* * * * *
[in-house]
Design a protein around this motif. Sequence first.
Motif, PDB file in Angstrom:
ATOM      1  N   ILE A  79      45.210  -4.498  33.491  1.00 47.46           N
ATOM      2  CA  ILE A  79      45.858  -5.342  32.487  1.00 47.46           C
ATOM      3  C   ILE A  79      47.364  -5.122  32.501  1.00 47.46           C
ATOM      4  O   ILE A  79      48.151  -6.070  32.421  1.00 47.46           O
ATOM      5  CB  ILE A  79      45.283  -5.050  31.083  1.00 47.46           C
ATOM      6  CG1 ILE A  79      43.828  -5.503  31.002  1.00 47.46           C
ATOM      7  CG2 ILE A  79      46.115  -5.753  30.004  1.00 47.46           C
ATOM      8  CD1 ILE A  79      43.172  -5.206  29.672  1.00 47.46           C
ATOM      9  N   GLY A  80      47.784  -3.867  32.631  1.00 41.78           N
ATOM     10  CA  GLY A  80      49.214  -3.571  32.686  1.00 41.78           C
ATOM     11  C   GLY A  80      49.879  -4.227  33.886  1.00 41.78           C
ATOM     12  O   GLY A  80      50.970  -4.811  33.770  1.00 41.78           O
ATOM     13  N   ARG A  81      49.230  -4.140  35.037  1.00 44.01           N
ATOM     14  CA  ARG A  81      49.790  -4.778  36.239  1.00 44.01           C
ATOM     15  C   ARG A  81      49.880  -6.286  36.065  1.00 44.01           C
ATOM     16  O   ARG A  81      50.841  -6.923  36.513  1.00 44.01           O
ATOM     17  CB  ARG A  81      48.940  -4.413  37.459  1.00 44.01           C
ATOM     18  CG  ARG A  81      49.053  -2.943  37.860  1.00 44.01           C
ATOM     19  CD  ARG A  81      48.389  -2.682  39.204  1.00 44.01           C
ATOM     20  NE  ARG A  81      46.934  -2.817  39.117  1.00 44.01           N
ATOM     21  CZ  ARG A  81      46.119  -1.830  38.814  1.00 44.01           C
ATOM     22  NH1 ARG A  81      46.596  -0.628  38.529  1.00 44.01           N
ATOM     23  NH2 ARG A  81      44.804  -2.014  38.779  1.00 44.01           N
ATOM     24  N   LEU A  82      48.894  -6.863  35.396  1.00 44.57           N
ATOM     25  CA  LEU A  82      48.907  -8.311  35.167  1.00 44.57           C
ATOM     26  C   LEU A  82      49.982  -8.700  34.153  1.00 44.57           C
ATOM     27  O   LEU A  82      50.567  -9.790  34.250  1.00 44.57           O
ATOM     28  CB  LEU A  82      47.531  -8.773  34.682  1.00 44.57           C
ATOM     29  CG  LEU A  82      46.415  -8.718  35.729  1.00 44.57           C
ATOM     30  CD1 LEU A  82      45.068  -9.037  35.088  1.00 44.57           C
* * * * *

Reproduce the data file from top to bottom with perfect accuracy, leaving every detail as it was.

[in-house]
Design a protein around this motif. Sequence first.
Motif, PDB file in Angstrom:
ATOM      1  N   ILE A  79      45.210  -4.498  33.491  1.00 47.46           N
ATOM      2  CA  ILE A  79      45.858  -5.342  32.487  1.00 47.46           C
ATOM      3  C   ILE A  79      47.364  -5.122  32.501  1.00 47.46           C
ATOM      4  O   ILE A  79      48.151  -6.070  32.421  1.00 47.46           O
ATOM      5  CB  ILE A  79      45.283  -5.050  31.083  1.00 47.46           C
ATOM      6  CG1 ILE A  79      43.828  -5.503  31.002  1.00 47.46           C
ATOM      7  CG2 ILE A  79      46.115  -5.753  30.004  1.00 47.46           C
ATOM      8  CD1 ILE A  79      43.172  -5.206  29.672  1.00 47.46           C
ATOM      9  N   GLY A  80      47.784  -3.867  32.631  1.00 41.78           N
ATOM     10  CA  GLY A  80      49.214  -3.571  32.686  1.00 41.78           C
ATOM     11  C   GLY A  80      49.879  -4.227  33.886  1.00 41.78           C
ATOM     12  O   GLY A  80      50.970  -4.811  33.770  1.00 41.78           O
ATOM     13  N   ARG A  81      49.230  -4.140  35.037  1.00 44.01           N
ATOM     14  CA  ARG A  81      49.790  -4.778  36.239  1.00 44.01           C
ATOM     15  C   ARG A  81      49.880  -6.286  36.065  1.00 44.01           C
ATOM     16  O   ARG A  81      50.841  -6.923  36.513  1.00 44.01           O
ATOM     17  CB  ARG A  81      48.940  -4.413  37.459  1.00 44.01           C
ATOM     18  CG  ARG A  81      49.053  -2.943  37.860  1.00 44.01           C
ATOM     19  CD  ARG A  81      48.389  -2.682  39.204  1.00 44.01           C
ATOM     20  NE  ARG A  81      46.934  -2.817  39.117  1.00 44.01           N
ATOM     21  CZ  ARG A  81      46.119  -1.830  38.814  1.00 44.01           C
ATOM     22  NH1 ARG A  81      46.596  -0.628  38.529  1.00 44.01           N
ATOM     23  NH2 ARG A  81      44.804  -2.014  38.779  1.00 44.01           N
ATOM     24  N   LEU A  82      48.894  -6.863  35.396  1.00 44.57           N
ATOM     25  CA  LEU A  82      48.907  -8.311  35.167  1.00 44.57           C
ATOM     26  C   LEU A  82      49.982  -8.700  34.153  1.00 44.57           C
ATOM     27  O   LEU A  82      50.567  -9.790  34.250  1.00 44.57           O
ATOM     28  CB  LEU A  82      47.531  -8.773  34.682  1.00 44.57           C
ATOM     29  CG  LEU A  82      46.415  -8.718  35.729  1.00 44.57           C
ATOM     30  CD1 LEU A  82      45.068  -9.037  35.088  1.00 44.57           C